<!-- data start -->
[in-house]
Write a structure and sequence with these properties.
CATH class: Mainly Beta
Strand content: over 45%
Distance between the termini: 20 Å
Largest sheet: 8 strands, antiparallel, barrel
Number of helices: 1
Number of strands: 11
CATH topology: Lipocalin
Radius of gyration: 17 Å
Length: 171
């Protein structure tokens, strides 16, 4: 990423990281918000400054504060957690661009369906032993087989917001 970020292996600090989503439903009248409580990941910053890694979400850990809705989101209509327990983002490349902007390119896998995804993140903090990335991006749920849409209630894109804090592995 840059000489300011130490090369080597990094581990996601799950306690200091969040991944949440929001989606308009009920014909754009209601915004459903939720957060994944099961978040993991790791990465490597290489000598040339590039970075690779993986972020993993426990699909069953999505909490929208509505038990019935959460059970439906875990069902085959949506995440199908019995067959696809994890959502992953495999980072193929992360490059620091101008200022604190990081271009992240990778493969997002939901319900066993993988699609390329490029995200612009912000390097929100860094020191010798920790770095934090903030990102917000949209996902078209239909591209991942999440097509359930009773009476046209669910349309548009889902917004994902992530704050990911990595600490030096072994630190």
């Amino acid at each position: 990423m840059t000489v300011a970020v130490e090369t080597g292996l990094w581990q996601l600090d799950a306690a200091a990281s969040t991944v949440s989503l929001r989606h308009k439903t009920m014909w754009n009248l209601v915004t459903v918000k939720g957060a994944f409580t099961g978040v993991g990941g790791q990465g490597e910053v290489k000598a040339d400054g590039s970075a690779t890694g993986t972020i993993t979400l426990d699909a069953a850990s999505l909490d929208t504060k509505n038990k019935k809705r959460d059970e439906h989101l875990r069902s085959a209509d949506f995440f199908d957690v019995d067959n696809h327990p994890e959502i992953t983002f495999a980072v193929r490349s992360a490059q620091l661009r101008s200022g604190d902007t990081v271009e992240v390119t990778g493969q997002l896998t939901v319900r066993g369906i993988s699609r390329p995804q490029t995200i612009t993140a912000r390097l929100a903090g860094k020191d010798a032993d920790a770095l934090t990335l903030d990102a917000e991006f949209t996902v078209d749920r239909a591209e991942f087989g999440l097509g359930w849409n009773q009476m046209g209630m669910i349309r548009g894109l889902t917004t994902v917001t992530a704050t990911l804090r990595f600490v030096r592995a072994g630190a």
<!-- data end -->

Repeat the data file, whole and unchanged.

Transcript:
[in-house]
Write a structure and sequence with these properties.
CATH class: Mainly Beta
Strand content: over 45%
Distance between the termini: 20 Å
Largest sheet: 8 strands, antiparallel, barrel
Number of helices: 1
Number of strands: 11
CATH topology: Lipocalin
Radius of gyration: 17 Å
Length: 171
């Protein structure tokens, strides 16, 4: 990423990281918000400054504060957690661009369906032993087989917001 970020292996600090989503439903009248409580990941910053890694979400850990809705989101209509327990983002490349902007390119896998995804993140903090990335991006749920849409209630894109804090592995 840059000489300011130490090369080597990094581990996601799950306690200091969040991944949440929001989606308009009920014909754009209601915004459903939720957060994944099961978040993991790791990465490597290489000598040339590039970075690779993986972020993993426990699909069953999505909490929208509505038990019935959460059970439906875990069902085959949506995440199908019995067959696809994890959502992953495999980072193929992360490059620091101008200022604190990081271009992240990778493969997002939901319900066993993988699609390329490029995200612009912000390097929100860094020191010798920790770095934090903030990102917000949209996902078209239909591209991942999440097509359930009773009476046209669910349309548009889902917004994902992530704050990911990595600490030096072994630190």
């Amino acid at each position: 990423m840059t000489v300011a970020v130490e090369t080597g292996l990094w581990q996601l600090d799950a306690a200091a990281s969040t991944v949440s989503l929001r989606h308009k439903t009920m014909w754009n009248l209601v915004t459903v918000k939720g957060a994944f409580t099961g978040v993991g990941g790791q990465g490597e910053v290489k000598a040339d400054g590039s970075a690779t890694g993986t972020i993993t979400l426990d699909a069953a850990s999505l909490d929208t504060k509505n038990k019935k809705r959460d059970e439906h989101l875990r069902s085959a209509d949506f995440f199908d957690v019995d067959n696809h327990p994890e959502i992953t983002f495999a980072v193929r490349s992360a490059q620091l661009r101008s200022g604190d902007t990081v271009e992240v390119t990778g493969q997002l896998t939901v319900r066993g369906i993988s699609r390329p995804q490029t995200i612009t993140a912000r390097l929100a903090g860094k020191d010798a032993d920790a770095l934090t990335l903030d990102a917000e991006f949209t996902v078209d749920r239909a591209e991942f087989g999440l097509g359930w849409n009773q009476m046209g209630m669910i349309r548009g894109l889902t917004t994902v917001t992530a704050t990911l804090r990595f600490v030096r592995a072994g630190a």